Hispanic College Students’ Sense of Belonging Assignment | Essay Help Services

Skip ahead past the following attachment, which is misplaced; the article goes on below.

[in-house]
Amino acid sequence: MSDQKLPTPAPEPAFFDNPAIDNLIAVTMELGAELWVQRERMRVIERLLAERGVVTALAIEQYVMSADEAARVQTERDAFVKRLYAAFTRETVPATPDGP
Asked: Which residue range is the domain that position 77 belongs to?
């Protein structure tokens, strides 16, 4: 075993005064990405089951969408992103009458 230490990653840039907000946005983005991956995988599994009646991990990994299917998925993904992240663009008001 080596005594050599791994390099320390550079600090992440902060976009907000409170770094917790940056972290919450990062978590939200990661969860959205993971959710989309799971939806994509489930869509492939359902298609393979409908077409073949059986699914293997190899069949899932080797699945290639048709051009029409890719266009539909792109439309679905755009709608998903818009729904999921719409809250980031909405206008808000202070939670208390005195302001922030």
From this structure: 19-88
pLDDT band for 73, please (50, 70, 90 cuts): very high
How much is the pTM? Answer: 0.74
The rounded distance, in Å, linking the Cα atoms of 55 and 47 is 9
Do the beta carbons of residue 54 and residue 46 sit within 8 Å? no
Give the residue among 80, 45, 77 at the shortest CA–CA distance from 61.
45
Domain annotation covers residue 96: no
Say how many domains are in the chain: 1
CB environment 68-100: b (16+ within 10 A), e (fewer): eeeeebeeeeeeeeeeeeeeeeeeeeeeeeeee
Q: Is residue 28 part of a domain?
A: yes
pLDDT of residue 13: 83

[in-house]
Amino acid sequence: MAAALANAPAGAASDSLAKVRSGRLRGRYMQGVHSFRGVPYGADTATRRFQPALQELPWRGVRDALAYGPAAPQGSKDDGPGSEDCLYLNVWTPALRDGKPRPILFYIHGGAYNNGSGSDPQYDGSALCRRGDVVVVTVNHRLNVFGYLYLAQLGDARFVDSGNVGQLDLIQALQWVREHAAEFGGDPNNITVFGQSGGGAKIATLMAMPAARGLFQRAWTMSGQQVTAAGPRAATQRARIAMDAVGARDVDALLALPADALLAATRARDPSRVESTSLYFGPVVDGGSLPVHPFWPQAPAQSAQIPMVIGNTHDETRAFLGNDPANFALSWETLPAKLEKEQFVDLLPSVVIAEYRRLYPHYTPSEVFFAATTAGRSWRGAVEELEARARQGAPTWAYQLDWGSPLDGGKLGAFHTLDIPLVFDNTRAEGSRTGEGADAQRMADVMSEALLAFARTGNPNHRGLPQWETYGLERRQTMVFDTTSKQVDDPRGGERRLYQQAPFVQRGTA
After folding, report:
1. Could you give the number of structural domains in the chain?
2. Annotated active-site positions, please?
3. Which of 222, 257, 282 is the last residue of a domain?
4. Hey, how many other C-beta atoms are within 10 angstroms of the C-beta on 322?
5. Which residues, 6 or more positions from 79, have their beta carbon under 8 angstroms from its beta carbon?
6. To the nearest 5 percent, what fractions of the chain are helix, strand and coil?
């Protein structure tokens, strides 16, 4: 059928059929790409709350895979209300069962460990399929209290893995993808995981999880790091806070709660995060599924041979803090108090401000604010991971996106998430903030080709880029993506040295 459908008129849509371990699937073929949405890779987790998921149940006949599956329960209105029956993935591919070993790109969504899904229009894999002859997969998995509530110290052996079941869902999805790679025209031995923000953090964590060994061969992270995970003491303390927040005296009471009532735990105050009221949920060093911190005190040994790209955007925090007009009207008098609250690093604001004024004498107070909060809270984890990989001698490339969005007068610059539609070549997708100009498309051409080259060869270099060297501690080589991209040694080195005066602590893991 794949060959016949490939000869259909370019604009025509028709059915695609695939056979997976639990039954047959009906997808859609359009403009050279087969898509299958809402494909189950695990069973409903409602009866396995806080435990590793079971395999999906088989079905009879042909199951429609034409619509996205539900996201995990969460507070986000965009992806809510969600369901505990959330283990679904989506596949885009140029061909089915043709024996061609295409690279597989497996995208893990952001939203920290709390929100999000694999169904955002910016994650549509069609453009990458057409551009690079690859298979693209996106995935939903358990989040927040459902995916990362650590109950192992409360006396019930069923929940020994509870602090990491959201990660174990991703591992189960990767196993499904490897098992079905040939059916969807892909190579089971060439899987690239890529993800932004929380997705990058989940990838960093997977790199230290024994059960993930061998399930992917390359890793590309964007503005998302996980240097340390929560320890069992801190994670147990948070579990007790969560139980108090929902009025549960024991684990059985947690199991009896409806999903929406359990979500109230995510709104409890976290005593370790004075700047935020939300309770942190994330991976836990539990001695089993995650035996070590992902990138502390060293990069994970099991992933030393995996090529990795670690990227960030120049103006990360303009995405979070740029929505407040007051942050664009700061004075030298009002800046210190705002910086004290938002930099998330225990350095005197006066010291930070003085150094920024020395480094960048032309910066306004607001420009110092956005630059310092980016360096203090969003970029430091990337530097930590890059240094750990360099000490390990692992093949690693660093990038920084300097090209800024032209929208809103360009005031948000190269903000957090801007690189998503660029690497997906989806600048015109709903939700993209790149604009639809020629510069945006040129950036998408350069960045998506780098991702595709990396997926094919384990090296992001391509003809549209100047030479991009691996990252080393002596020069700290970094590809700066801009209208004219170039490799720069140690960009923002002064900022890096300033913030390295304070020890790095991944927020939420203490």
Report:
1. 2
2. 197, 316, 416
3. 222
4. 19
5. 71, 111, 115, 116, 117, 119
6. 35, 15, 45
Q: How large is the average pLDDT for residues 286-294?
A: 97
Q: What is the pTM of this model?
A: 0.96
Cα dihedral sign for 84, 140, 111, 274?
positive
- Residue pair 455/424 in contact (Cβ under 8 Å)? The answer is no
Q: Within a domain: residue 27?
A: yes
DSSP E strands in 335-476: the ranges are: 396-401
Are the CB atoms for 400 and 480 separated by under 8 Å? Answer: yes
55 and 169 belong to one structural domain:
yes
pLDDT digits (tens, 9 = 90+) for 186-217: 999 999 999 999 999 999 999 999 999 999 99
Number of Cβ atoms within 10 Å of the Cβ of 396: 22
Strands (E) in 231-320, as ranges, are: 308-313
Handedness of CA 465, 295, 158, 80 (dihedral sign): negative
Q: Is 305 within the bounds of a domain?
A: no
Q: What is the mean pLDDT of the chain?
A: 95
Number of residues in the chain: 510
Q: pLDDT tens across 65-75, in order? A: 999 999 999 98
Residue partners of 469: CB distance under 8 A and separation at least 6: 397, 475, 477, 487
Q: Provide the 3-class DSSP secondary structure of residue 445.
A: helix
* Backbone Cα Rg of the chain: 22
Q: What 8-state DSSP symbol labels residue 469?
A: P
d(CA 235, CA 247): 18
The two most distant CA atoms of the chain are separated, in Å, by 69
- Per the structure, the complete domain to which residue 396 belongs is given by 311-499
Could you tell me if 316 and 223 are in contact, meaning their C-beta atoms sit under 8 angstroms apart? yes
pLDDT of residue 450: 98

I have a few sources that i would like included: In an attempt to find belonging the author, Gloria Anzaldua, gave new meaning to the phrase “New Mestiza” through self reflection: herself, her language, and her land. Anzaldúa Gloria. Borderlands: the New Mestiza = La Frontera. Aunt Lute Books, 2012. The word liminality is further deconstructed in order to understand its origins: from its Latin root to the use of it in Victor Turner’s works. Tuner described liminality as “the indefinable social and spiritual locations involved”–he was referring to the word in a religious context. However, there are others who argue that liminality is an “empty concept” and yet the frustration of being stuck in an identity limbo is just as frustrating as being stuck in actual limbo–for my Christians out there. Blackshaw, T. (2009). Liminality. In S. H. Callahan, The SAGE dictionary of leisure studies. London, UK: Sage UK. Retrieved from https://dbproxy.udallas.edu/login?url=https://search.credoreference.com/content/entry/sageukdicles/liminality/0?institutionId=3764 Code switching is the fluid motion of ‘switching’ from one language to another language spoken fluently. This–code switching–is very important to everyday life in order to interact with those around you. I am of course focused on the United States of America. In America, there is no official language; however, most people assume it’s English when in reality the true language of the ‘New World’ was Native. The concept of code switching is part of this liminality, a step in either direction. English or Spanish; American or Latinx. “Anzaldua writes that code switching is, in fact, is an act of resistance” “My use of both, my code switching, is my way to resist being made into something else…The resistance is part of the anticolonial struggle against both the Spanish colonizers and the white colonizers…Chicanas are using a language that is true to our experience, that is true to the places where we grew up–New Mexico, Arizona, Texas and the Midwest. To me it is a political choice, as well as an aesthetic choice.” (Anzaldua, 2000, p. 248) Carmona, J. F. (2014). Code switching (language). In S. Thompson (Ed.), Encyclopedia of diversity and social justice. Lanham, MD: Rowman & Littlefield Publishers. Retrieved from https://dbproxy.udallas.edu/login?url=https://search.credoreference.com/content/entry/rowmandasj/code_switching_language/0?institutionId=3764 The prevalence of proof from the colorism literature suggest that the occurrence of colorism didn’t end with Abraham Lincoln, the abolition of slavery, or even the civil rights and Black Power movements; colorism and the preferential treatment given to those individuals with more Eurocentric features is a world wide occurrence that is commonly found in most places; the drawbacks and advantages associated with skin color are imposed not just by whites but by non-whites as well; there social incentives for darker-skinned individuals to attempt to “whiten” their appearance; and the individuals of similar skin shade are found to share not only skin shade but also class distinctions due to the areas of living. Indicativing that differences in life outcomes based on skin shade have less to do with a genetic or cultural factor and more to do with the societal treatment. Pearce-Doughlin, S., Goldsmith, A., & Hamilton, D. (2013). Colorism. In P. L. Mason (Ed.), Encyclopedia of race and racism (2nd ed.). Farmington, MI: Gale. Retrieved from https://dbproxy.udallas.edu/login?url=https://search.credoreference.com/content/entry/galerace/colorism/0?institutionId=3764 La Raza or the race; however, in using the term “the race” there is a sort of exclusion applied which is not the case. The term sometimes used–”La Raza Cosmica” or the cosmic race was created to reflect mezcla, the mixture, inherent in the Hispanic people. Gutiérrez, J. A. (2013). La Raza. In P. L. Mason (Ed.), Encyclopedia of race and racism (2nd ed.). Farmington, MI: Gale. Retrieved from https://dbproxy.udallas.edu/login?url=https://search.credoreference.com/content/entry/galerace/la_raza/0?institutionId=3764 Skin color and other physical features and characteristics are used by Puerto Ricans to identify themselves in terms of race. Terms like trigeño, blanco and moreno are seen by Puerto Ricans as racial classifications. Other racial markers are color, class, facial features and hair texture; therefore, resulting in a variety of racial classifications that are not recognized as classifications in Northern American society. This problem is highlighted by the misunderstood attempts in the American census to establish a mixed-race category. The result is that a large group of people is left feeling an absence of identity because they do not exist formally. These sentiments are echoed in many of Latinx communities. Duany, J. (2013). Puerto ricans, identity and self-determination of. In P. L. Mason (Ed.), Encyclopedia of race and racism (2nd ed.). Farmington, MI: Gale. Retrieved from https://dbproxy.udallas.edu/login?url=https://search.credoreference.com/content/entry/galerace/puerto_ricans_identity_and_self_determination_of/0?institutionId=3764 The Latinx community faces erasure within film which in turn creates a void that has been allowed to be filled by hateful, violent rhetoric and crude stereotypes that lack the true diversity of the Latinx people. It is imperative that the talented storytellers of Hispanic and Latino backgrounds be given the opportunities to tell the diverse and vibrant narratives of the Latino audience. Berg, C. R. (2002). Latino Images in Film : Stereotypes, Subversion, Resistance. Austin, TX: University of Texas Press. Retrieved from http://search.ebscohost.com.dbproxy.udallas.edu/login.aspx?direct=true&db=nlebk&AN=113111&site=eds-live&scope=site Intersectionality–a topic explored in depth by Kimberle Crenshaw–applies to most people everyday from being a woman and disabled or being a minority and poor, the list goes on. Children of immigrants have to humongously difficult job of navigating the world with two different cultures Compton-Lilly, C., Papoi, K., Venegas, P., Hamman, L., & Schwabenbauer, B. (2017). Intersectional Identity Negotiation: The Case of Young Immigrant Children. Journal of Literacy Research, 49(1), 115–140. Retrieved from http://search.ebscohost.com.dbproxy.udallas.edu/login.aspx?direct=true&db=eric&AN=EJ1130403&site=eds-live&scope=site